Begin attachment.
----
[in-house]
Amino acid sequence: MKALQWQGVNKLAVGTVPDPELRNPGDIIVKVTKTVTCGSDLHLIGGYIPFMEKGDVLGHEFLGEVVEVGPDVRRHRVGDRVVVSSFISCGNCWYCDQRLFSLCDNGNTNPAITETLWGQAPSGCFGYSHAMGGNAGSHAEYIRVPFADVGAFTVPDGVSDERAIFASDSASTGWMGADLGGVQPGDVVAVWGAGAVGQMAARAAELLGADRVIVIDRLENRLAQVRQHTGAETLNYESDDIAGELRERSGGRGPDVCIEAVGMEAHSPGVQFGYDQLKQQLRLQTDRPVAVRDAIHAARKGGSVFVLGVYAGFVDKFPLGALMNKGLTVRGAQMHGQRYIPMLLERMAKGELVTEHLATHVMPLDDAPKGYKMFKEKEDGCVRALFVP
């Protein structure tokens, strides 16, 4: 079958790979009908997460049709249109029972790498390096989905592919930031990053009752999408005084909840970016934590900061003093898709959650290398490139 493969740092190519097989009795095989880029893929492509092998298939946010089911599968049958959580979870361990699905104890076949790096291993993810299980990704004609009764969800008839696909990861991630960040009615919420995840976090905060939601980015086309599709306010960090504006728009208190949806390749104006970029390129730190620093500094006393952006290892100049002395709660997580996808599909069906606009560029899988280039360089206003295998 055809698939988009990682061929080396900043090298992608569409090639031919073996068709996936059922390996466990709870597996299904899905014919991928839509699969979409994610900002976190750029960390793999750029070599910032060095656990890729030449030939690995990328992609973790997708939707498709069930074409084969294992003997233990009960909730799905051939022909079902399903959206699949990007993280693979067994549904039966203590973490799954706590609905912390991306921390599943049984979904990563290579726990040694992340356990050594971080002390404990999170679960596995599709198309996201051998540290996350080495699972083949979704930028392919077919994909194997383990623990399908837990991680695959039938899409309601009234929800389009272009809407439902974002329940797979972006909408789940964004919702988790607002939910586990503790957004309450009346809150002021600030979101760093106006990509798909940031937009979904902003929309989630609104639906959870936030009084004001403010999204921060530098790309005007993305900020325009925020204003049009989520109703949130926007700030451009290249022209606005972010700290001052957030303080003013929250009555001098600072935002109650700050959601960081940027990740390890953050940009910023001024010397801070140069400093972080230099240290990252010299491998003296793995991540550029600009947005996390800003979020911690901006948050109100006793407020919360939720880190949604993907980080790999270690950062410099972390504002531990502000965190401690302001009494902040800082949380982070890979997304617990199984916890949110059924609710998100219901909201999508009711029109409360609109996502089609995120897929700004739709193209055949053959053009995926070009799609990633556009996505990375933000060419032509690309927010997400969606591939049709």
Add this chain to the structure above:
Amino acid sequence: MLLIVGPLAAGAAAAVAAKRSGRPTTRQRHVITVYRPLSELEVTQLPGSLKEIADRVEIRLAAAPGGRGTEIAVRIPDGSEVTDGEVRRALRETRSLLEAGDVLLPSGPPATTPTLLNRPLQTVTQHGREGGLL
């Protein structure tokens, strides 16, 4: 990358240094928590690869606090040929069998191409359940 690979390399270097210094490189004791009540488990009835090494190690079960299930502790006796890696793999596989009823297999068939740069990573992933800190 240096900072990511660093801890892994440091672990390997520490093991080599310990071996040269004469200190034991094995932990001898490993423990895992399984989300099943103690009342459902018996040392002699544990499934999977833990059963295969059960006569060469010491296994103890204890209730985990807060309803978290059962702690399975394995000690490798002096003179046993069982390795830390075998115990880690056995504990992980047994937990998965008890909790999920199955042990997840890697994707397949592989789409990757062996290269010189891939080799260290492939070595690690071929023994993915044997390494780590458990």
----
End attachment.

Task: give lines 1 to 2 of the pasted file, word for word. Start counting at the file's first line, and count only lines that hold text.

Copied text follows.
[in-house]
Amino acid sequence: MKALQWQGVNKLAVGTVPDPELRNPGDIIVKVTKTVTCGSDLHLIGGYIPFMEKGDVLGHEFLGEVVEVGPDVRRHRVGDRVVVSSFISCGNCWYCDQRLFSLCDNGNTNPAITETLWGQAPSGCFGYSHAMGGNAGSHAEYIRVPFADVGAFTVPDGVSDERAIFASDSASTGWMGADLGGVQPGDVVAVWGAGAVGQMAARAAELLGADRVIVIDRLENRLAQVRQHTGAETLNYESDDIAGELRERSGGRGPDVCIEAVGMEAHSPGVQFGYDQLKQQLRLQTDRPVAVRDAIHAARKGGSVFVLGVYAGFVDKFPLGALMNKGLTVRGAQMHGQRYIPMLLERMAKGELVTEHLATHVMPLDDAPKGYKMFKEKEDGCVRALFVP